Microfinance firm CFG to expand its scheme to 22 wet markets upcountry
June 23, 2014 00:00 By Sucheera Pinijparakarn
CFG Services, known for its Ngern Tid Lor brand, is broadening its microfinance programme to under-banked vendors upcountry and also promoting personal accident insurance to this customer segment through its payment-collection staff in an attempt to offse
The company initiated the programme in August 2011 by providing unsecured loans to under-banked people at wet markets in a bid to bring vendors into the mainstream financial system and out of the clutches of loan shark.
Auto refinancing is the core business of CFG, with a total loan portfolio of Bt11.4 billion. The company projects outstanding loans of Bt13.5 billion by year-end.
CFG has provided microfinance to 50 wet markets, of which 34 are in Bangkok. Managing director Piyasak Ukritnukun said the company will place more importance on expanding the programme upcountry, targeting 22 wet markets in main provinces.
By year-end, CFG aims to cover 72-75 wet markets nationwide and the outstanding microfinance loans will be Bt100 million.
"We want to know more about the behaviour of under-banked vendors in the provinces, as most of them don’t have credit-bureau records. Our objective is to help under-banked people have credit-bureau records through the microfinance programme," he said.
So far this year, although its overall business is sound, CFG has continued to experience losses and high rates of non-performing loans in the microfinance programme as it has invested a lot in training payment-collection staff and designing financial education strategies for its under-banked customers.
The cost-to-income of the programme is 130 per cent. Despite the losses, however, microfinance is a long-term investment for CFG, Piyasak said.
"We don’t have a timeline of when we will see a profit from microfinance, and we are not in a hurry to expand the microfinance portfolio, which is small compared with other loan categories. This programme should be left to grow naturally," he said.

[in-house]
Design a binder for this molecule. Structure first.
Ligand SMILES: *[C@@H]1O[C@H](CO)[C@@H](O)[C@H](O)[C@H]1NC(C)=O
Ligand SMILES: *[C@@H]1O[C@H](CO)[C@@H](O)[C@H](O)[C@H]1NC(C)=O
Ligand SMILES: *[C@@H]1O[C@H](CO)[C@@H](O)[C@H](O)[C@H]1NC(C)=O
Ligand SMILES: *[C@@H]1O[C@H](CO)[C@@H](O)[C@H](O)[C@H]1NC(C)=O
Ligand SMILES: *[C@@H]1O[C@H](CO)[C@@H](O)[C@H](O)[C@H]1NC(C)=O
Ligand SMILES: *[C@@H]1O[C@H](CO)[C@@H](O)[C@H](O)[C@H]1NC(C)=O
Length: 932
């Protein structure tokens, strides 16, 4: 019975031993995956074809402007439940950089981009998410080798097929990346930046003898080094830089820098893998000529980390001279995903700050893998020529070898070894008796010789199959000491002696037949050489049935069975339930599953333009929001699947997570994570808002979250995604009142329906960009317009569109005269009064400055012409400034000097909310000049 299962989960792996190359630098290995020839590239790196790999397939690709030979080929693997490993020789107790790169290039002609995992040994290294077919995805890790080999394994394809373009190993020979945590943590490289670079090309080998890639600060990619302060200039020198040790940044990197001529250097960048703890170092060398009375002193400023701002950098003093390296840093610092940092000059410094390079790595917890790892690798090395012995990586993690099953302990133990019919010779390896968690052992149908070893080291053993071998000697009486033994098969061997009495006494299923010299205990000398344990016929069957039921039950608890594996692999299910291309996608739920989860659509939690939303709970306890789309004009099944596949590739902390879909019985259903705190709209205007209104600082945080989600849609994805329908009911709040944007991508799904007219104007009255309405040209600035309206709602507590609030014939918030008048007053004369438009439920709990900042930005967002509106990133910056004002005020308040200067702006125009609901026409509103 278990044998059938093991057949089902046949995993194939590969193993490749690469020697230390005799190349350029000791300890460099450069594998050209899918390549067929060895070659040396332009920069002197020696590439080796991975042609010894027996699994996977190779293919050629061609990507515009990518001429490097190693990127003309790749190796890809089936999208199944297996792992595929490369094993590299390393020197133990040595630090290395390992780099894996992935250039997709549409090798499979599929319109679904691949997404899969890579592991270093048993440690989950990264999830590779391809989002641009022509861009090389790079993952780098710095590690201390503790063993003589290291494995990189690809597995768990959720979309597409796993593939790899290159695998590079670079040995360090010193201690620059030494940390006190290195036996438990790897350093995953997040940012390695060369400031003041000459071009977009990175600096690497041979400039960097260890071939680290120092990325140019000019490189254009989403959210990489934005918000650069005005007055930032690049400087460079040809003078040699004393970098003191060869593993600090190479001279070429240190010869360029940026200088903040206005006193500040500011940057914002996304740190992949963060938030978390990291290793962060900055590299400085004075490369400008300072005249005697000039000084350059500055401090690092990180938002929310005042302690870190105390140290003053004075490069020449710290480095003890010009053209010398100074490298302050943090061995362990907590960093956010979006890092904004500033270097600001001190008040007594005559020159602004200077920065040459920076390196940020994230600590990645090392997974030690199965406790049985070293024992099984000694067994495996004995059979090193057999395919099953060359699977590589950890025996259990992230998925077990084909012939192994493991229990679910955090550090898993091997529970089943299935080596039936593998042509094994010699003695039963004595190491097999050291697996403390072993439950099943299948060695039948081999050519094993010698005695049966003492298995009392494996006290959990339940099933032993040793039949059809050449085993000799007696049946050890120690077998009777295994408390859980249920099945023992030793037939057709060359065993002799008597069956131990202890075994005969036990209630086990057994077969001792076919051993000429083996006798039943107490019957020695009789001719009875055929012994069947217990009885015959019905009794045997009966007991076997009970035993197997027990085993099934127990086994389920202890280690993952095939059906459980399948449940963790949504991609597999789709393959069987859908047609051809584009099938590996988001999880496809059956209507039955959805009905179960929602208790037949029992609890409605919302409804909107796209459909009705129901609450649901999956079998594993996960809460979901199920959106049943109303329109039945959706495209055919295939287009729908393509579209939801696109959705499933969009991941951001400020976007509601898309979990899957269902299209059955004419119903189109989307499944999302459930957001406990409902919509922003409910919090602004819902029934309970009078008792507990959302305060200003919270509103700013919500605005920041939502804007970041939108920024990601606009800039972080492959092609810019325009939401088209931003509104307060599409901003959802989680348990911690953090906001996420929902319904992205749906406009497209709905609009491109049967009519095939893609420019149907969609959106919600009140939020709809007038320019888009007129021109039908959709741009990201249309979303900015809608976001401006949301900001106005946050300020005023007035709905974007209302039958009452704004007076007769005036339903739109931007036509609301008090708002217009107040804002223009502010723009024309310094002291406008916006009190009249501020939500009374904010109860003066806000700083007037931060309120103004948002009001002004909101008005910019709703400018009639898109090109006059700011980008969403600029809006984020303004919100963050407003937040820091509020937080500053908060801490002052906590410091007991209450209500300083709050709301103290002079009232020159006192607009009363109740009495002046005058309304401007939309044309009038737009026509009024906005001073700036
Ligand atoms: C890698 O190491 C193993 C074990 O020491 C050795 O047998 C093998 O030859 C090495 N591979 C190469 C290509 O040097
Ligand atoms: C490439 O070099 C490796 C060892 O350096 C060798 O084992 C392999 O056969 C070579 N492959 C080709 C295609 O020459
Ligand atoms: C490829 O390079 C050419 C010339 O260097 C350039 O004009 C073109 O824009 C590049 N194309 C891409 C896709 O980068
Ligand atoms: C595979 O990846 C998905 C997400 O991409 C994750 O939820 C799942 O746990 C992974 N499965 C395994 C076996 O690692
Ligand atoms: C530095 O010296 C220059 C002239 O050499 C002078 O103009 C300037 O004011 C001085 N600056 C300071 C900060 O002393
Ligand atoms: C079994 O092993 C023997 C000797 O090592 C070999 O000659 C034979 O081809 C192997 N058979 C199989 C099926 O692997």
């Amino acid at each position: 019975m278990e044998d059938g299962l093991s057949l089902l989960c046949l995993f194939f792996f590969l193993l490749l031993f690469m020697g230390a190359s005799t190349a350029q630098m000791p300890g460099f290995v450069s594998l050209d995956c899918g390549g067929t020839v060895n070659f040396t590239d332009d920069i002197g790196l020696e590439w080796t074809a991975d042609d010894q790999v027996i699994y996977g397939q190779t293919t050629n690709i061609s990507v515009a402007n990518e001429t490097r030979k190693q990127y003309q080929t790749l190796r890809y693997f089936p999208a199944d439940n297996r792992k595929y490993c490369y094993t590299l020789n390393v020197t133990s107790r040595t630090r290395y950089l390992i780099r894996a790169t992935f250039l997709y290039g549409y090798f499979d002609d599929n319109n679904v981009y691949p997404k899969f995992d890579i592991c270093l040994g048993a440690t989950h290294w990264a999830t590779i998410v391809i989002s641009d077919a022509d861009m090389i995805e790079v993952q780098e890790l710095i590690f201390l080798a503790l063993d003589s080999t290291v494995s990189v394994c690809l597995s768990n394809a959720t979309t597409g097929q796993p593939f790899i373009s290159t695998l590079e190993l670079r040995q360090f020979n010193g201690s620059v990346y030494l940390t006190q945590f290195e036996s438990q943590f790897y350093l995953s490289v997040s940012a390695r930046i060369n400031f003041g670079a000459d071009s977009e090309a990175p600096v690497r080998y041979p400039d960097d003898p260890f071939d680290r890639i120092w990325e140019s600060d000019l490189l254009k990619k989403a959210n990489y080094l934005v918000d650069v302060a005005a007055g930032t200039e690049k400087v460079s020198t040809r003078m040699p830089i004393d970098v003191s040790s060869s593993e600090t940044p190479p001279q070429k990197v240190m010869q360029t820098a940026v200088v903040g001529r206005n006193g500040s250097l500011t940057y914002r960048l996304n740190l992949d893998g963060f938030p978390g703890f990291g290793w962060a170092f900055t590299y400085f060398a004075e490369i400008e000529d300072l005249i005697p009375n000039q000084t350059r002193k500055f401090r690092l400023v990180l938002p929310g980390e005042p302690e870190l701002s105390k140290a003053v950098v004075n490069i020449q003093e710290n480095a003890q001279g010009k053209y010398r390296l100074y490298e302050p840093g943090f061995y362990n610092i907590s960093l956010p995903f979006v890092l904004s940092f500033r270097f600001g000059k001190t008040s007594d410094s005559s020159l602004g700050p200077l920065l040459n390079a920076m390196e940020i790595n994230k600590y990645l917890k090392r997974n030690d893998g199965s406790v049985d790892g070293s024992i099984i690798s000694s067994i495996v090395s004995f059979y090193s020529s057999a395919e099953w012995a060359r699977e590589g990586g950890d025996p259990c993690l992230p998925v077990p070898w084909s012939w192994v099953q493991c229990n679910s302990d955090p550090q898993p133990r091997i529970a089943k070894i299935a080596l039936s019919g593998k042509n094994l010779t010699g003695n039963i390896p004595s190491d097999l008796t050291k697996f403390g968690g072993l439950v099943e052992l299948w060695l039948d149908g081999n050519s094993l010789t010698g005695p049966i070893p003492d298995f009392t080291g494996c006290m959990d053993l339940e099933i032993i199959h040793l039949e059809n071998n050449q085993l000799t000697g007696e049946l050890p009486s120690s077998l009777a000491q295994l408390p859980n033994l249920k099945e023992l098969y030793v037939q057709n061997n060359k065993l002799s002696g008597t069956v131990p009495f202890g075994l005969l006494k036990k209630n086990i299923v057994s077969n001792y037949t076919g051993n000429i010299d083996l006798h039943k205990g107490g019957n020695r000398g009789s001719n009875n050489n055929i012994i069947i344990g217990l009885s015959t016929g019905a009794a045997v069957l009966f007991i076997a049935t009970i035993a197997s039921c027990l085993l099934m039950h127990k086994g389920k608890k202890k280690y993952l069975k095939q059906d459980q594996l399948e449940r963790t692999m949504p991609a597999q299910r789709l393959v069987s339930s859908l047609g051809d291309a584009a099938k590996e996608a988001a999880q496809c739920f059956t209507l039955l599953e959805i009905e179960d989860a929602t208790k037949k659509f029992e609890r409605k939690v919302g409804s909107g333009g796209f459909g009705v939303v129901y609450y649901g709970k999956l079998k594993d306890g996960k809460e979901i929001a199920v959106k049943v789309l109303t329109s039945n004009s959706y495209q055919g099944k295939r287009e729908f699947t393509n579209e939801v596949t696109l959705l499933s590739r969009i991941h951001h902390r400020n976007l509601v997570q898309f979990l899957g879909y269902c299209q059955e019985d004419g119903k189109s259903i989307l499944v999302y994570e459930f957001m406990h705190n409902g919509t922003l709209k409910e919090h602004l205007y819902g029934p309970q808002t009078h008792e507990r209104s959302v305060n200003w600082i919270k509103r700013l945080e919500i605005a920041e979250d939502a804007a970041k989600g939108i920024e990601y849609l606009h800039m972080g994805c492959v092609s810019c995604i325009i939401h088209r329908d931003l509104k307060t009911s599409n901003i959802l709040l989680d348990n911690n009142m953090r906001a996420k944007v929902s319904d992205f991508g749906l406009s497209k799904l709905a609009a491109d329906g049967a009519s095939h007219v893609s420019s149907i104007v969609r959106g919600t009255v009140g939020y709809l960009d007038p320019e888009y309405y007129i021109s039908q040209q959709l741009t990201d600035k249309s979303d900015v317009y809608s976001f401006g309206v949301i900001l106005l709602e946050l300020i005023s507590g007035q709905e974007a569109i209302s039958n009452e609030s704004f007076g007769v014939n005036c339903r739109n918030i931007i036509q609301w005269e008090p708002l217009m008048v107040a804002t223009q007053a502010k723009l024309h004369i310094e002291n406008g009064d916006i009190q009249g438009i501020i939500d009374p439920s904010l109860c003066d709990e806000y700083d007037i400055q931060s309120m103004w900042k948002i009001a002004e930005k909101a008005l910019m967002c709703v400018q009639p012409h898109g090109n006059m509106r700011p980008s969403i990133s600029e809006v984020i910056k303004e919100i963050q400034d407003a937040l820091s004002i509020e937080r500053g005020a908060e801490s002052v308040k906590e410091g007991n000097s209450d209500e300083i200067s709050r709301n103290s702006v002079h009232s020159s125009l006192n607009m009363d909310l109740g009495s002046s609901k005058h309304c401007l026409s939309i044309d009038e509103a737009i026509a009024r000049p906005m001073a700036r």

Year to date, the company has outstanding microfinance loans of Bt75 million and NPLs of 6 per cent, compared with the global standard of more than 5 per cent for this type of lending.
The company has acknowledged that even if the NPL rate improves, it cannot turn loss to profit quickly. He added that the key to cutting losses would be to increase the productivity of CFG’s staff and find products to increase income instead focusing on lowering NPLs, he said.
CFG, which obtained a licence last year as a non-life insurance broker, uses its branches to sell personal accident policies and motor insurance to auto-refinancing customers.
Personal accident insurance could be adapted to serve the un-bankable segment, as it found in a survey that vendors want insurance against motorcycle accidents, but the premiums must be affordable, he noted.
About 1,000 sales and payment-collection staff have non-life-insurance licences.
The company introduced personal accident insurance with annual premiums of Bt799 to vendors in wet markets early this month, and 143 policies were sold with total premiums of Bt101,057. However, 71 per cent of buyers were not its loan customers.